Many nontraditional practitioners such as Rowse feel likewise about traditional Western medicine: She does not treat disease or cancer, for instance, and will tell folks to see a doctor if she believes there’s something serious going on. 

But she’s had clients say their anxiety evaporated after a session with the gongs or night owls who went home and slept all night. She uses the gongs herself by trading time with another sound practitioner. 

“When I started this 11 years ago, it was way more woo woo,” said Rowse, using a term that Urban Dictionary defines as “the supernatural.” “It was definitely not mainstream. But it’s a lot bigger now, and I can say, from a personal level, I’m a completely different person.”

Searching for help when Western medicine can’t provide it

When Western medicine failed Steamboat psychotherapist Cristen Malia, she sought help from her mother. But in Malia’s case, she was battling Lyme disease, the tick-borne illness that causes fatigue and joint pain, among other problems, and the traditional antibiotics didn’t cure her. So she used holistic medicine, the kind her mother preached to her back when she was a kid. 

“She didn’t raise an eyebrow to anything,” Malia said.

That meant acupuncture, visiting a friend who was a chiropractor and learning from a holistic doctor. She was already eating well, and she kept experimenting with different methods and products. Eventually, her fatigue disappeared, as well as her migraine headaches, and she spent less time on the couch. 

“Western medicine can serve until it doesn’t, and then it needs to be really examined,” Malia said. “There are a lot of other ways to heal.”

More patients are seeking alternatives when they can’t find an answer with traditional, Western medicine.

Billo manager Joseph Kimmerly stands behind the counter at the dispensary in Steamboat Springs. Though dispensary workers are not allowed to give medical advice, cannabis products can help users with symptoms including anxiety and pain.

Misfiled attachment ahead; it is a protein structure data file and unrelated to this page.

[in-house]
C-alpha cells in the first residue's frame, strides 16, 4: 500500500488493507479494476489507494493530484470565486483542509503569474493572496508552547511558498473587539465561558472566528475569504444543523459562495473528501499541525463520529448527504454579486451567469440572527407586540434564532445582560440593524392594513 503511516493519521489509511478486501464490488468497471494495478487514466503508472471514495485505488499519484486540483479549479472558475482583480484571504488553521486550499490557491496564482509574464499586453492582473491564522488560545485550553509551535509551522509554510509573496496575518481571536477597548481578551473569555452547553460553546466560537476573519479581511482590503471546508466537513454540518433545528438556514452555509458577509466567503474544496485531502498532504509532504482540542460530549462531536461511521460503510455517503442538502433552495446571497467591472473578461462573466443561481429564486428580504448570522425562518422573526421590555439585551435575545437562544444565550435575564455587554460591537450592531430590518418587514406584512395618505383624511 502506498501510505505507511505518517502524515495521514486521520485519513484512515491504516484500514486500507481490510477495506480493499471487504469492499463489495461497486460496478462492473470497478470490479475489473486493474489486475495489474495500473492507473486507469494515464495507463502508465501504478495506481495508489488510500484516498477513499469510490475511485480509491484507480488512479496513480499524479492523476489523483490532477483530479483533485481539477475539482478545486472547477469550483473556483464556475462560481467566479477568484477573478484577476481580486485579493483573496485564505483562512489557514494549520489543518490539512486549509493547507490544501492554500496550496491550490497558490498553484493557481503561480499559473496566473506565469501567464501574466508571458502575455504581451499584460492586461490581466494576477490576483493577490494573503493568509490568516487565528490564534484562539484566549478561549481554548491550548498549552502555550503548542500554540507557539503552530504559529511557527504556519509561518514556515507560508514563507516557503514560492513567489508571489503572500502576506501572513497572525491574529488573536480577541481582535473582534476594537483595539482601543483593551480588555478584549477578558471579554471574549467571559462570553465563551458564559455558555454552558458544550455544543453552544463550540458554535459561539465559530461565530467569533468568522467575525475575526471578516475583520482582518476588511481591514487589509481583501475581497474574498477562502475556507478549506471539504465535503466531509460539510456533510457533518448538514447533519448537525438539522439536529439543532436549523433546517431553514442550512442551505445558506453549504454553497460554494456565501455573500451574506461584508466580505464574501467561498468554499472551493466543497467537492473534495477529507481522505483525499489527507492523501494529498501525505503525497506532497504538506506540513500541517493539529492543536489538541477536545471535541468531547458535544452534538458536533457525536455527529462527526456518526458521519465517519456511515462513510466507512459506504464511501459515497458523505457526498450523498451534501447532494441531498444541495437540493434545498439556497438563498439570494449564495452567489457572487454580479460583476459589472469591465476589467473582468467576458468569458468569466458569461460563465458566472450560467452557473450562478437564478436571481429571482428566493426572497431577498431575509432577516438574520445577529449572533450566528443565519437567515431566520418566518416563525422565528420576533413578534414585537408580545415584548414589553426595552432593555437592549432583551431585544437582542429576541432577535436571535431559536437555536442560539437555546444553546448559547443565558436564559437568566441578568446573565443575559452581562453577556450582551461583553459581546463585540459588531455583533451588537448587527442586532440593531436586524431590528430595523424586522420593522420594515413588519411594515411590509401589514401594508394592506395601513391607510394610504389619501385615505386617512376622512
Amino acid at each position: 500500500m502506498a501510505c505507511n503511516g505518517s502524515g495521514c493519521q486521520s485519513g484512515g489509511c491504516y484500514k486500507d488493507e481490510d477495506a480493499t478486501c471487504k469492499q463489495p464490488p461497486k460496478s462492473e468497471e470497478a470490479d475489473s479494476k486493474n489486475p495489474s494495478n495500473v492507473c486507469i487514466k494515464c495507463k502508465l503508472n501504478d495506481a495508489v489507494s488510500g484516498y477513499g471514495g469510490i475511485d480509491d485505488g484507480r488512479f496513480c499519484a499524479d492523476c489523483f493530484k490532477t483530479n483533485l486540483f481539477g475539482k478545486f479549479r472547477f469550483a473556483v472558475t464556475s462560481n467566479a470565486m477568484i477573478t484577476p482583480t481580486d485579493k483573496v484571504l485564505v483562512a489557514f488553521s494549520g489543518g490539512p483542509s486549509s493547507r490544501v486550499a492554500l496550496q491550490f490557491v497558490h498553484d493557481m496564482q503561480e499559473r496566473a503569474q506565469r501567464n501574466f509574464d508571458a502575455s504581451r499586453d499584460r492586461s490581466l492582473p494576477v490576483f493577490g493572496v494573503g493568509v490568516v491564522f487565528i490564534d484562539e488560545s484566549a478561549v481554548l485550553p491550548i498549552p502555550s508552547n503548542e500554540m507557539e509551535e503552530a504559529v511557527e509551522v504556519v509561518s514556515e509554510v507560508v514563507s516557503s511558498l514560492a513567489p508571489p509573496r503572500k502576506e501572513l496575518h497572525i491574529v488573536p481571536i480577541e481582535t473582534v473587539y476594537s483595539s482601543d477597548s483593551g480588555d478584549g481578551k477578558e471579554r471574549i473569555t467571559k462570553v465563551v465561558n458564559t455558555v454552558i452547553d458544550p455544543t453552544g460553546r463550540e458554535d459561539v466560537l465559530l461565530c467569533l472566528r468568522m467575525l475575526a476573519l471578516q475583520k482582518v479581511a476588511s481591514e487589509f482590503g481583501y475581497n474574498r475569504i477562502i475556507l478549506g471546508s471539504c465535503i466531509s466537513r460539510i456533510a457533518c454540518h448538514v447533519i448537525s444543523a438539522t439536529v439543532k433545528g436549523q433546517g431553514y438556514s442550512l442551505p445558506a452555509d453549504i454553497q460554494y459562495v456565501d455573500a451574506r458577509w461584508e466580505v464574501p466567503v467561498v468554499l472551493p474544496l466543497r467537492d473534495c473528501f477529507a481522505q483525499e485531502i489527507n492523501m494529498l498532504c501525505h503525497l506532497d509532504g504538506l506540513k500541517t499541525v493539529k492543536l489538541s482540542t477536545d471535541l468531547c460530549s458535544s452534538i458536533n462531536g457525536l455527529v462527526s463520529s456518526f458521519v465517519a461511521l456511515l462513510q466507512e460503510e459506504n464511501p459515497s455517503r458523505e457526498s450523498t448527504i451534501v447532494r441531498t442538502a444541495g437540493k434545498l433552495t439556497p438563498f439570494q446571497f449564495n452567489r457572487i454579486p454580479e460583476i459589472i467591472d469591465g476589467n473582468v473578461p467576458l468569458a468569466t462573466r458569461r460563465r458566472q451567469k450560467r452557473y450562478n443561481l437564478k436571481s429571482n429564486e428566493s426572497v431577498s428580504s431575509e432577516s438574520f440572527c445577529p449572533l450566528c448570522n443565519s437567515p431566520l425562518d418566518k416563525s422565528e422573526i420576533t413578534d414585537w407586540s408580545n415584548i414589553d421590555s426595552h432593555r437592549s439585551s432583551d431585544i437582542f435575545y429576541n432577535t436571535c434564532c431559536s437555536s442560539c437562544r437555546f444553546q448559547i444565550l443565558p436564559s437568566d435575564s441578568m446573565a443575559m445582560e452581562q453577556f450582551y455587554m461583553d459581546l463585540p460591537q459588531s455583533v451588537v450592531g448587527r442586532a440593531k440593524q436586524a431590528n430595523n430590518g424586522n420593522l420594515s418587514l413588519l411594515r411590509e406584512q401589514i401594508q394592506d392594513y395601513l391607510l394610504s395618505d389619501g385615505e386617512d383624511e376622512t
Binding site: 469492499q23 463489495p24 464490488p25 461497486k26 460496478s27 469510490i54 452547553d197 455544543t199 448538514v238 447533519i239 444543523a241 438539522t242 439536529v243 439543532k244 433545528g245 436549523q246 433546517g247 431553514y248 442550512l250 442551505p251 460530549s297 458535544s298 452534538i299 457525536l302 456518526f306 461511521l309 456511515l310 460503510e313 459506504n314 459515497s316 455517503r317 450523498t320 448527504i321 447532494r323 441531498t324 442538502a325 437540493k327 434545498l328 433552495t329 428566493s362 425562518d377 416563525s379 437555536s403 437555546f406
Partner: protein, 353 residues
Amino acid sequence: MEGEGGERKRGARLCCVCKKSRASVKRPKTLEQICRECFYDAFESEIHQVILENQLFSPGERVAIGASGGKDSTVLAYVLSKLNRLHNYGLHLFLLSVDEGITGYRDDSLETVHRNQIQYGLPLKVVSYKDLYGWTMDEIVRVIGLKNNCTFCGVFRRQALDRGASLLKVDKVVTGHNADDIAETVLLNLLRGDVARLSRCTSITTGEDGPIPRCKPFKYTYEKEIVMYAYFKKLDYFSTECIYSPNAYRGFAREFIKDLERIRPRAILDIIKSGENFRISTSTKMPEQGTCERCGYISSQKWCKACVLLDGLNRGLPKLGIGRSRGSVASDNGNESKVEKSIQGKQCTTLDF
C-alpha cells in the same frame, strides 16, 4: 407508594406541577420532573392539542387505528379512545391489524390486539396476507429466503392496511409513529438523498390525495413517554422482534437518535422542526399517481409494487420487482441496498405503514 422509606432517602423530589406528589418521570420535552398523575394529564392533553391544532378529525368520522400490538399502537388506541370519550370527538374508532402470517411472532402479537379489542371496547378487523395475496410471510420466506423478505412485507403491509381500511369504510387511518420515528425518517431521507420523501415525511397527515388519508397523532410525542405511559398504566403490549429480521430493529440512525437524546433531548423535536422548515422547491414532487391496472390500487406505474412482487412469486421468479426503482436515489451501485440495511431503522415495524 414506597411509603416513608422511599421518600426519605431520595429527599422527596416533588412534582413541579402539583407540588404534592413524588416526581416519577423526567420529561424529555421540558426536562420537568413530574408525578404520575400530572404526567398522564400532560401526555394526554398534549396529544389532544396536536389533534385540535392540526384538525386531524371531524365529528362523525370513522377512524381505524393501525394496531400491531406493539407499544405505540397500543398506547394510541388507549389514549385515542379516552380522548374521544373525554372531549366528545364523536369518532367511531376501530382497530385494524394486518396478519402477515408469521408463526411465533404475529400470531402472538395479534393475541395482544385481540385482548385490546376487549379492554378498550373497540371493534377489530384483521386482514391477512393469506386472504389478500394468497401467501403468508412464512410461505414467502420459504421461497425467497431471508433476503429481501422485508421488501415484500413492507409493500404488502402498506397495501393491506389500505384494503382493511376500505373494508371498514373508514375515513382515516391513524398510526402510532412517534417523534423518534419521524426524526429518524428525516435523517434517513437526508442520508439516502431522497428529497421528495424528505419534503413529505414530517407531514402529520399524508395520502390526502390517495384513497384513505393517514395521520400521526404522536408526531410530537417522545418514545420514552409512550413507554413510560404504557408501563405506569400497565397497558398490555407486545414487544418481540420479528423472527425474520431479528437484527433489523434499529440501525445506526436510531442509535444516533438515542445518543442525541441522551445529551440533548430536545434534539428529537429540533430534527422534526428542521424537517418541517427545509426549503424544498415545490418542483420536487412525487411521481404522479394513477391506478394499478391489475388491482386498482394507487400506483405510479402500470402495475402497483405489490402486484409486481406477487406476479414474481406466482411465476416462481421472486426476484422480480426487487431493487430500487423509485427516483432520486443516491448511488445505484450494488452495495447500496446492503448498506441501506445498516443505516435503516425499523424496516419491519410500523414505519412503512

Photo by John F. Russell / Steamboat Pilot & Today

Joseph Kimmerly — the general manager of Billo, a marijuana dispensary in Steamboat — got into pot years ago the way others might develop an interest in wine. He was fascinated with all the ways marijuana could smell, in so many different forms, and all the different ways it could affect him. He made it a career four years ago in part for what it did for him as a patient.

“You start out trusting the traditional system, and you assume they will solve the problem, and yet, traditional doctors don’t get to know you that well. They’re just copying and pasting what others have tried,” said Kimmerly, who suffered from sinus problems and daily headaches. “I went through shots and surgeries and steroids, and I felt like doctors weren’t listening to me. I found cannabis, and that’s the one thing that’s been consistent as far as working.”

Recreational users flock to Billo but perhaps as many as 25% of customers come seeking relief. Kimmerly isn’t allowed to give medical advice, but he can ask about customers’ lifestyles and struggles and recommend a few products that could help based on his own experiences.

Pain is the most common complaint, although Kimmerly also can recommend products that help with sleep problems, chronic gut disease and mental illnesses such as depression and anxiety. Kimmerly also attends conferences with doctors researching the medical benefits of cannabis. Hemp, the plant in the cannabis family that is used to make clothing and medicine, is also used in CBD, a product used to battle the same kind of issues.